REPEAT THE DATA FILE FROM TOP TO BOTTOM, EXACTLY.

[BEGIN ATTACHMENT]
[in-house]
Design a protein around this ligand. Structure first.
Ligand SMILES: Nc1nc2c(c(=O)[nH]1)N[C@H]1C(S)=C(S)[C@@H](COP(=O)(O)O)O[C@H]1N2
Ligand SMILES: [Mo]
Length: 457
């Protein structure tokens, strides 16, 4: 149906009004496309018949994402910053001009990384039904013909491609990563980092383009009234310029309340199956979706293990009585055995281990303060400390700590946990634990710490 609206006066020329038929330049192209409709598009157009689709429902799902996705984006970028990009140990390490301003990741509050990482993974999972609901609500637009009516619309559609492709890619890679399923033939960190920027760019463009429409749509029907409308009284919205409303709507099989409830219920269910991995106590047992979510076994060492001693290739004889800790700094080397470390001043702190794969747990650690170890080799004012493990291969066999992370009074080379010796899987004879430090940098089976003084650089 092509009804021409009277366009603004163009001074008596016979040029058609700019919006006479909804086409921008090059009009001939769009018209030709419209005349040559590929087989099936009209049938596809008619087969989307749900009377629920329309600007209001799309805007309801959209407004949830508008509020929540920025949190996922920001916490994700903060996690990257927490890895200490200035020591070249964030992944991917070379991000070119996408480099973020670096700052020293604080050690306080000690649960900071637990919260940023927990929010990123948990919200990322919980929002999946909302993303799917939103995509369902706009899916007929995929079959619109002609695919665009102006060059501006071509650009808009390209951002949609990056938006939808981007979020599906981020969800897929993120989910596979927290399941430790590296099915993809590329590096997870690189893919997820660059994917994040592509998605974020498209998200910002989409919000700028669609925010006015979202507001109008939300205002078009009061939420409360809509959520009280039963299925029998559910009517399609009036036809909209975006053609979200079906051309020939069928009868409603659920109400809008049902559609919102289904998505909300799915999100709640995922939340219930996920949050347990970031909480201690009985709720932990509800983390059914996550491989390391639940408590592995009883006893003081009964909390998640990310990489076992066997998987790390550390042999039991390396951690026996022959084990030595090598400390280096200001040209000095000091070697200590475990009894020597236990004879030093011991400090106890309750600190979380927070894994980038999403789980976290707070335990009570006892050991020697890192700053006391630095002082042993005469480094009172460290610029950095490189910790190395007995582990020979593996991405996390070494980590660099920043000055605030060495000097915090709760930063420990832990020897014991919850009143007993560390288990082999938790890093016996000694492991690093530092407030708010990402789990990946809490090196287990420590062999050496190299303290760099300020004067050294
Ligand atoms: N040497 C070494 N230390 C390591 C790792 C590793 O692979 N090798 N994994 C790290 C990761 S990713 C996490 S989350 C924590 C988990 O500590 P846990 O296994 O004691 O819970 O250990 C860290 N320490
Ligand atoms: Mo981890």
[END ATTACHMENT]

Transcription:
[in-house]
Design a protein around this ligand. Structure first.
Ligand SMILES: Nc1nc2c(c(=O)[nH]1)N[C@H]1C(S)=C(S)[C@@H](COP(=O)(O)O)O[C@H]1N2
Ligand SMILES: [Mo]
Length: 457
């Protein structure tokens, strides 16, 4: 149906009004496309018949994402910053001009990384039904013909491609990563980092383009009234310029309340199956979706293990009585055995281990303060400390700590946990634990710490 609206006066020329038929330049192209409709598009157009689709429902799902996705984006970028990009140990390490301003990741509050990482993974999972609901609500637009009516619309559609492709890619890679399923033939960190920027760019463009429409749509029907409308009284919205409303709507099989409830219920269910991995106590047992979510076994060492001693290739004889800790700094080397470390001043702190794969747990650690170890080799004012493990291969066999992370009074080379010796899987004879430090940098089976003084650089 092509009804021409009277366009603004163009001074008596016979040029058609700019919006006479909804086409921008090059009009001939769009018209030709419209005349040559590929087989099936009209049938596809008619087969989307749900009377629920329309600007209001799309805007309801959209407004949830508008509020929540920025949190996922920001916490994700903060996690990257927490890895200490200035020591070249964030992944991917070379991000070119996408480099973020670096700052020293604080050690306080000690649960900071637990919260940023927990929010990123948990919200990322919980929002999946909302993303799917939103995509369902706009899916007929995929079959619109002609695919665009102006060059501006071509650009808009390209951002949609990056938006939808981007979020599906981020969800897929993120989910596979927290399941430790590296099915993809590329590096997870690189893919997820660059994917994040592509998605974020498209998200910002989409919000700028669609925010006015979202507001109008939300205002078009009061939420409360809509959520009280039963299925029998559910009517399609009036036809909209975006053609979200079906051309020939069928009868409603659920109400809008049902559609919102289904998505909300799915999100709640995922939340219930996920949050347990970031909480201690009985709720932990509800983390059914996550491989390391639940408590592995009883006893003081009964909390998640990310990489076992066997998987790390550390042999039991390396951690026996022959084990030595090598400390280096200001040209000095000091070697200590475990009894020597236990004879030093011991400090106890309750600190979380927070894994980038999403789980976290707070335990009570006892050991020697890192700053006391630095002082042993005469480094009172460290610029950095490189910790190395007995582990020979593996991405996390070494980590660099920043000055605030060495000097915090709760930063420990832990020897014991919850009143007993560390288990082999938790890093016996000694492991690093530092407030708010990402789990990946809490090196287990420590062999050496190299303290760099300020004067050294
Ligand atoms: N040497 C070494 N230390 C390591 C790792 C590793 O692979 N090798 N994994 C790290 C990761 S990713 C996490 S989350 C924590 C988990 O500590 P846990 O296994 O004691 O819970 O250990 C860290 N320490
Ligand atoms: Mo981890």